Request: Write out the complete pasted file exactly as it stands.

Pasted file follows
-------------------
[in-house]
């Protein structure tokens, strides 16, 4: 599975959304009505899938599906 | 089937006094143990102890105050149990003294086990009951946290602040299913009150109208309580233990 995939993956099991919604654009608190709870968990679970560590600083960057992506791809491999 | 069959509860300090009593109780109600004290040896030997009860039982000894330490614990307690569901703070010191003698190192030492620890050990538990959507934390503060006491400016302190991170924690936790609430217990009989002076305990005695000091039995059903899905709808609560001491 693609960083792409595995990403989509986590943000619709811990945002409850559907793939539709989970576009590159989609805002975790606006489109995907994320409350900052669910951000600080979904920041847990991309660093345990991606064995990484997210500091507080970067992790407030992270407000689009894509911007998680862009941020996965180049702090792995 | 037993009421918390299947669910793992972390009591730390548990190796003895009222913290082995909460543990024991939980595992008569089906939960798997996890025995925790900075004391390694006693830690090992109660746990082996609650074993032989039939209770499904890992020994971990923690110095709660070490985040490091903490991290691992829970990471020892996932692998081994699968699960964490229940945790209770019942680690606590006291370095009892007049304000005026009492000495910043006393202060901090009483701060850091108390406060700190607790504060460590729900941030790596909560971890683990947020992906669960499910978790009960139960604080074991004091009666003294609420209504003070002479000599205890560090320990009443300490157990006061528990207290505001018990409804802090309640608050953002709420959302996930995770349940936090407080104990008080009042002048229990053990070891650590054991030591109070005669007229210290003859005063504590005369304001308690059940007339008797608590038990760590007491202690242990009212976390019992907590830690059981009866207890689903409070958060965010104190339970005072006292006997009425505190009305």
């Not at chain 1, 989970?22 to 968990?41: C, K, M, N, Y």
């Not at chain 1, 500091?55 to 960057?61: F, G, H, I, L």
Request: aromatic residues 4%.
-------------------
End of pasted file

[in-house]
């Protein structure tokens, strides 16, 4: 599975959304009505899938599906 | 089937006094143990102890105050149990003294086990009951946290602040299913009150109208309580233990 995939993956099991919604654009608190709870968990679970560590600083960057992506791809491999 | 069959509860300090009593109780109600004290040896030997009860039982000894330490614990307690569901703070010191003698190192030492620890050990538990959507934390503060006491400016302190991170924690936790609430217990009989002076305990005695000091039995059903899905709808609560001491 693609960083792409595995990403989509986590943000619709811990945002409850559907793939539709989970576009590159989609805002975790606006489109995907994320409350900052669910951000600080979904920041847990991309660093345990991606064995990484997210500091507080970067992790407030992270407000689009894509911007998680862009941020996965180049702090792995 | 037993009421918390299947669910793992972390009591730390548990190796003895009222913290082995909460543990024991939980595992008569089906939960798997996890025995925790900075004391390694006693830690090992109660746990082996609650074993032989039939209770499904890992020994971990923690110095709660070490985040490091903490991290691992829970990471020892996932692998081994699968699960964490229940945790209770019942680690606590006291370095009892007049304000005026009492000495910043006393202060901090009483701060850091108390406060700190607790504060460590729900941030790596909560971890683990947020992906669960499910978790009960139960604080074991004091009666003294609420209504003070002479000599205890560090320990009443300490157990006061528990207290505001018990409804802090309640608050953002709420959302996930995770349940936090407080104990008080009042002048229990053990070891650590054991030591109070005669007229210290003859005063504590005369304001308690059940007339008797608590038990760590007491202690242990009212976390019992907590830690059981009866207890689903409070958060965010104190339970005072006292006997009425505190009305």
């Not at chain 1, 989970?22 to 968990?41: C, K, M, N, Y």
């Not at chain 1, 500091?55 to 960057?61: F, G, H, I, L």
Request: aromatic residues 4%.